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Thursday, 21 November, 2002, 10:16 GMT
German recovery remains fragile
German shoppers
Strong consumer spending helped the economy
The German economy continued on a fairly flat growth path during the July to September quarter and analysts have predicted that growth will remain slow in the year ahead.

But recession fears were played down by economists, even though investment by German companies is still falling.


I don't think we'll see a recession, more a stabilisation at low levels

Rainer Guntermann, DKB
Strong spending by consumers helped the German economy expand by 0.3% during the quarter, up from 0.2% during the previous three month period, according to Federal Statistics Office data.

"On the whole the data show that growth had not accelerated," said Dresdner Kleinwort Wasserstein economist Rainer Guntermann.

Weakness ahead

Germany's economy narrowly avoided falling into a recession during the last half of 2001, but the recovery has been slow ever since.

This year, growth is set to reach 0.5%, Mr Guntermann predicted, adding that it "won't be much better in 2003".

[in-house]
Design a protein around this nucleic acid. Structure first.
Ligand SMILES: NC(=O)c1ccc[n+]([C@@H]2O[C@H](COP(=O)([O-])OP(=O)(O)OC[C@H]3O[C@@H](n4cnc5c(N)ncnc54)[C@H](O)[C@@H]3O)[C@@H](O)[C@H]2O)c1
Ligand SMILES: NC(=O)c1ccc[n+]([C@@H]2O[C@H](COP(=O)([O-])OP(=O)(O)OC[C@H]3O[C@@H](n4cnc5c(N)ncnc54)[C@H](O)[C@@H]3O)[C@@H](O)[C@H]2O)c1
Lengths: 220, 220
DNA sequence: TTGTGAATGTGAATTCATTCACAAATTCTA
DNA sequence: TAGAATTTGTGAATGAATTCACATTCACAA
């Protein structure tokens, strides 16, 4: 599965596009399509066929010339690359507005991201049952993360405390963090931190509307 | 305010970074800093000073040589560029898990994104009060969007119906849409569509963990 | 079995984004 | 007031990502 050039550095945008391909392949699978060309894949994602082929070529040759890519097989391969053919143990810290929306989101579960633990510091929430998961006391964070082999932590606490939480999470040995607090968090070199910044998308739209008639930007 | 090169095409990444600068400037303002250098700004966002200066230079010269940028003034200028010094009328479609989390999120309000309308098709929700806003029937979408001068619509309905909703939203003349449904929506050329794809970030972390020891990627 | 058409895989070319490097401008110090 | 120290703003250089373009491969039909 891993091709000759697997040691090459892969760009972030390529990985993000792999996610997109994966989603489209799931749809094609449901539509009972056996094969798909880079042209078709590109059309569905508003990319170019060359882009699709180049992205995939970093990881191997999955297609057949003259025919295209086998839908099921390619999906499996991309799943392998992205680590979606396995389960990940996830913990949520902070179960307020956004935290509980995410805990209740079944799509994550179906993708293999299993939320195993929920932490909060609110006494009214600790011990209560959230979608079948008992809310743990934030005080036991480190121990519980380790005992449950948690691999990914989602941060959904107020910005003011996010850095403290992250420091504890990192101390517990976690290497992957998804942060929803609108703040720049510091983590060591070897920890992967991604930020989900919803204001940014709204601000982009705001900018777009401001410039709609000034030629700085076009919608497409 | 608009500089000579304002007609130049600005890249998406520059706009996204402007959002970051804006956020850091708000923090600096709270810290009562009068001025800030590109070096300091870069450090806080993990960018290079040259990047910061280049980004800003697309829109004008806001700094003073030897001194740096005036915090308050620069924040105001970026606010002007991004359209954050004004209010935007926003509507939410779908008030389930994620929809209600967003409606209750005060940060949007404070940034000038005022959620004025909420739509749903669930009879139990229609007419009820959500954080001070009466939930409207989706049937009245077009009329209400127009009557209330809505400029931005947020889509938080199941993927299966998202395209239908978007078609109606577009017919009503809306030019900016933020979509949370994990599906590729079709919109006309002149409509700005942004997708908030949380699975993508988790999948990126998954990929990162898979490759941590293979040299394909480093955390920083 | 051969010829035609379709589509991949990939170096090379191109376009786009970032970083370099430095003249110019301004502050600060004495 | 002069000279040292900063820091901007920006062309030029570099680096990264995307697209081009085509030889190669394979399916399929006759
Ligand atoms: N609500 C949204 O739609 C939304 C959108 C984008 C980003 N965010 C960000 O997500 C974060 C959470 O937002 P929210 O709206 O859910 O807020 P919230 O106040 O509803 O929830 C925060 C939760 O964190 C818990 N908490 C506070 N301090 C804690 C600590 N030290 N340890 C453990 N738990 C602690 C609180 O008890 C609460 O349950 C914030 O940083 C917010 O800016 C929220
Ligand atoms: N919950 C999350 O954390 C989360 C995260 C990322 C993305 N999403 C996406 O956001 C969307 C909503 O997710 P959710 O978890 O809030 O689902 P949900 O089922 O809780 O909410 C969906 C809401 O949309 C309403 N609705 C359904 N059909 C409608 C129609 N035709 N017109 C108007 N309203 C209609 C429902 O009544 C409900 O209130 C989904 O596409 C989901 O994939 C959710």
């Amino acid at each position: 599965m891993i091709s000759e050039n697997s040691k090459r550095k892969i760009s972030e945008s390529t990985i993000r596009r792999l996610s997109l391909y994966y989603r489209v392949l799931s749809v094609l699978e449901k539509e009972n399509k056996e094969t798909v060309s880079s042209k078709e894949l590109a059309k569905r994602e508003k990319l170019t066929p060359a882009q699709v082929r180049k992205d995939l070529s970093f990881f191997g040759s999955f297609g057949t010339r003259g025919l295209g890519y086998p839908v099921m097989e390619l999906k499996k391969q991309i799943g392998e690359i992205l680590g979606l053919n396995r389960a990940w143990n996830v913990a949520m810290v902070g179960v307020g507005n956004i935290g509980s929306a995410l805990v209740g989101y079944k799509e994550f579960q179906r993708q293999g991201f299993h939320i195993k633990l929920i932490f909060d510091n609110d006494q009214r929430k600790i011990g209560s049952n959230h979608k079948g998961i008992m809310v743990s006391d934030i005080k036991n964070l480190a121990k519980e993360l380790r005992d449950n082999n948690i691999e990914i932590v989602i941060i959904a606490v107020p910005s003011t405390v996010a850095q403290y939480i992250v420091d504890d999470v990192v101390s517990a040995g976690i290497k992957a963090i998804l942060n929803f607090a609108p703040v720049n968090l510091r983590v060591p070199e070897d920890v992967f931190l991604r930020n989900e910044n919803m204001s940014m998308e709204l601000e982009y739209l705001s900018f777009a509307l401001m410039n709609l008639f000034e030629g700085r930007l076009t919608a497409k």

"But I don't think we'll see a recession, more a stabilisation at low levels."

Mr Guntermann's predictions beat one by the Organisation for Economic Co-operation and Development (OECD) which cut its forecast for growth this year from 0.7% to 0.4% and its forecast for growth next year from 2.5% to 2.5%.

Germany's economic outlook depends heavily on what happens in the US economy and other countries to which it exports its goods and services, as well as on the relative strength of the euro.

"If the single currency rises strongly, that won't be good news for exports," said Mr Guntermann.

Imports grew by 2.8% during the July to September quarter while exports rose 2.7%.

See also:

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